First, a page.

In Figure 2, the inlet velocity profiles for the two-fluid generalized power-law model and the Newtonian model are displayed. For consistency, both the velocities are scaled using the inlet maximum velocity (Umax) of the non-Newtonian fluid. The non-Newtonian model reveals a blunted velocity profile (pluglike profile) at the central core of the tube as opposed to a parabolic profile of the Newtonian fluid. For the same dp/dz, the centerline velocity of the Newtonian model is approximately twice that of the non-Newtonian model. A nearly flat velocity profile for the power-law fluid gives rise to a very low value of strain rate that results in a high value of viscosity (see Eq. (4)). This results in increased viscous dissipation and a reduced velocity for the non-Newtonian model compared with the Newtonian case for a given pressure gradient.
In Figure 3, the steady-state bubble shapes are plotted for Re = 0.6 and aspect ratios of 0.5, 0.7, and 0.9, respectively. The vertical sidewalls of the bounding boxes denote the positions of the actual walls of the vertical tube. The axial coordinate is rescaled such that the position of the front stagnation is taken as the zero reference axial point. For r0/R = 0.5, the bubble remains nearly spherical because of high surface tension forces, whereas for r0/R = 0.7, the bubble profile shows slight elongation at the leading meniscus. For r0/R = 0.9, bubble elongation is pronounced. Such pronounced deformation seen here may be the result of an artificial reduction of surface tension compared to the actual value. The curvature at the leading meniscus is larger than the trailing meniscus because of the applied pressure gradient. The direction of the applied pressure gradient is such that a higher pressure acts at the trailing meniscus than at the leading meniscus, causing an increased flattening of the trailing end.
In Figure 4, the total drag acting on the bubble once it attains terminal velocity is shown for both the Newtonian and non-Newtonian cases. The drag coefficients are obtained by balancing the terminal-state total drag with the net buoyancy force, which yields . The total drag increases for increasing values of r0/R because of the increasing effects of occlusion and wall effects.34 As evident, the drag acting on the bubble for the non-Newtonian case is significantly higher than that acting on the Newtonian counterpart: the bubble moves more slowly in the non-Newtonian than in the Newtonian fluid. An important quantity of physiological significance is the wall shear stress and its variation at any given point on the tube wall during the steady-state motion of the bubble. The value of the wall shear stress for a fully developed channel flow of the non-Newtonian fluid in the absence of a bubble is denoted by τref. Again, for consistency, shear stress values for both the models are nondimensionalized with respect to τref.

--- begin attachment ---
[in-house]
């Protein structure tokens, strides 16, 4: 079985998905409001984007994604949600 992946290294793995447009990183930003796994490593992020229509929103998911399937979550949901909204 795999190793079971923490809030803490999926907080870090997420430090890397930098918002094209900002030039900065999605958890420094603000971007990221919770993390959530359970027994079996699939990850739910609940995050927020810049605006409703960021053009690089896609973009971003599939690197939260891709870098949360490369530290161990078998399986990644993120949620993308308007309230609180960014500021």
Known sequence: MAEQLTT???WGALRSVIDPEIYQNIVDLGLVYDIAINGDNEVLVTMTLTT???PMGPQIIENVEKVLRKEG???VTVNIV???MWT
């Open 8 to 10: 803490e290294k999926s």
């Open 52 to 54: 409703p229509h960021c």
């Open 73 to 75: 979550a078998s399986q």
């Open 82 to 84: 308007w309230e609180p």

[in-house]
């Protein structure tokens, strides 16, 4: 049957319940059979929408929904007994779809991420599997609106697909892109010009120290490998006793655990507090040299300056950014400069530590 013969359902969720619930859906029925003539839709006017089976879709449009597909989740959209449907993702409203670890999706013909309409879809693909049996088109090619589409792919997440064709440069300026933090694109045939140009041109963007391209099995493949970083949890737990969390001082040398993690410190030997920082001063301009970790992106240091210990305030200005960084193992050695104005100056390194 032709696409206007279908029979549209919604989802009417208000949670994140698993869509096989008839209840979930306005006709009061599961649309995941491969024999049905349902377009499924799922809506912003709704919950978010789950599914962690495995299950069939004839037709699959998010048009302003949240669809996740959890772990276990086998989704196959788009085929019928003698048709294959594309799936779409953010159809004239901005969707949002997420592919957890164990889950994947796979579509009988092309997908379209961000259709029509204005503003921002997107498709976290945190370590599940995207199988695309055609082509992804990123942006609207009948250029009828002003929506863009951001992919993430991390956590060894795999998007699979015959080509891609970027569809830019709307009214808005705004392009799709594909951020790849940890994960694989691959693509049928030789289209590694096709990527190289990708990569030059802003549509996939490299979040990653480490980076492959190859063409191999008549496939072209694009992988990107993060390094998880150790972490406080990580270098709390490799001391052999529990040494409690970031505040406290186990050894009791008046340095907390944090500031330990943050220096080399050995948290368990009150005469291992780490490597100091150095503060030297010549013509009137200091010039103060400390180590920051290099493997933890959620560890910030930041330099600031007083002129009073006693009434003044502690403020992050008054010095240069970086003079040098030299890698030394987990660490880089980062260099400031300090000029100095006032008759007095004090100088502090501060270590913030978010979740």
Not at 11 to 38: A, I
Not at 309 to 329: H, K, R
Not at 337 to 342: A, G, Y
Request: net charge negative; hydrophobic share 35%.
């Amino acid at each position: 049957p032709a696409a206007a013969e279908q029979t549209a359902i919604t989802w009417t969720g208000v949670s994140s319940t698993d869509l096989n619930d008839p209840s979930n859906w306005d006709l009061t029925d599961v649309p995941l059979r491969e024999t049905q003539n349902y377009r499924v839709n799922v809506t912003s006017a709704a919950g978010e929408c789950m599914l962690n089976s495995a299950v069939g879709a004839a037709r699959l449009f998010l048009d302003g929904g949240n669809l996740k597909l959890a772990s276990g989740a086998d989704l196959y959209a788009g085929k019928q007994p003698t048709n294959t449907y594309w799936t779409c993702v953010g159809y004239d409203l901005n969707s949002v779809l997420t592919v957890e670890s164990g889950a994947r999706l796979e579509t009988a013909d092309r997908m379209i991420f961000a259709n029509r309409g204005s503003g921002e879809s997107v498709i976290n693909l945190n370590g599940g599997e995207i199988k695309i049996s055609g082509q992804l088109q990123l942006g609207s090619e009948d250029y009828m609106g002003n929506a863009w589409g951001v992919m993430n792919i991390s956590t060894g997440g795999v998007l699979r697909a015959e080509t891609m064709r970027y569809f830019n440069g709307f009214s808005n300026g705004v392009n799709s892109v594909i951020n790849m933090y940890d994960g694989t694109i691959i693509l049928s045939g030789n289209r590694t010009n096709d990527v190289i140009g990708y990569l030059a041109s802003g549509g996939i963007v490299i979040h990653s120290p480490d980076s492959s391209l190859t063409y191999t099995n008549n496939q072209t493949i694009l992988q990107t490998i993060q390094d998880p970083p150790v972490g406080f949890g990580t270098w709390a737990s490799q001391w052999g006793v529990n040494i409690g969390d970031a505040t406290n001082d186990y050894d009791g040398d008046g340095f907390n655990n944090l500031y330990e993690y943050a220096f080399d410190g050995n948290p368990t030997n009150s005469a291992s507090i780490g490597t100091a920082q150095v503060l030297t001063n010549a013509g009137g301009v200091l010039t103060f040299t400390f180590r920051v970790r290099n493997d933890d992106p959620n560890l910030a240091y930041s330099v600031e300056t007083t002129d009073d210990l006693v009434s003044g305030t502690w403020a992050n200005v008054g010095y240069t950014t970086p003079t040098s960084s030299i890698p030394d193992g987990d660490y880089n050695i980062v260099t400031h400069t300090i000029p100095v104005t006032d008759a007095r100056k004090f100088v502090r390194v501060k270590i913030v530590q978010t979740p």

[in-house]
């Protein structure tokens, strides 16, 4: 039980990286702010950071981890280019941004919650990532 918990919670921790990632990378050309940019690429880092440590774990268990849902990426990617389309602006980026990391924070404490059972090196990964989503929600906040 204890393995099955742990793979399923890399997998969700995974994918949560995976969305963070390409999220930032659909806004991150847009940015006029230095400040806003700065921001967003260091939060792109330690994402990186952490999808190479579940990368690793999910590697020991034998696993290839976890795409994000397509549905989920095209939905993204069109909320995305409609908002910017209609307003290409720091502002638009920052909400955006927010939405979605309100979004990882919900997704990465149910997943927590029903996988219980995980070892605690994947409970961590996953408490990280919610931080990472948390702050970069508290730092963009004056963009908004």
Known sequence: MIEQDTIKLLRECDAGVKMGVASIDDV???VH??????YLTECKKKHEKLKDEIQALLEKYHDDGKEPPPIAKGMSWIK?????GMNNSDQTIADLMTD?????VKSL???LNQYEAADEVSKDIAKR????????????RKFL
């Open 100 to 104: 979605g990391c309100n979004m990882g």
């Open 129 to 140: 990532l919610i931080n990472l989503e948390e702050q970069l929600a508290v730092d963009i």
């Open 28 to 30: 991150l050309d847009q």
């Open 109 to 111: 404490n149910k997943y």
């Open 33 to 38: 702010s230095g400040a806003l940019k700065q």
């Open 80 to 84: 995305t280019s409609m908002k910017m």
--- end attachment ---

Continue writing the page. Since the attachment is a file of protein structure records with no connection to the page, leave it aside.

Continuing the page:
In Figure 5, the time variation of shear stress acting on a given point on the tube wall is displayed for three different aspect ratios of the bubble for both the Newtonian and non-Newtonian models. t* refers to the nondimensional time (see Section 2 for nondimensional aspects). There is a reduced shear for non-Newtonian fluid (nearly half) compared with that of the Newtonian fluid. The reduction in wall shear is directly attributable to the decreased steady-state velocities of the bubble. The general features of the time variation of shear stress for both the Newtonian and non-Newtonian fluids are as follows. At initial times, the presence of the bubble is negligibly felt and the shear stress values are at base levels. Base value refers to the wall shear stress in a fully developed channel flow in the absence of a bubble. This is followed by a gradual increase in shear stress but in a direction opposite that of the base value. This is because as the bubble moves it entrains fluid to satisfy mass conservation. This entrainment is in a direction opposite that of the bulk flow. The entrained fluid is squeezed in the narrow gap between the bubble and the wall, giving rise to large wall shear stress acting in the opposite direction of the base value. After long times, the shear stress once again comes back to the base value, indicating the negligible effect of the bubble.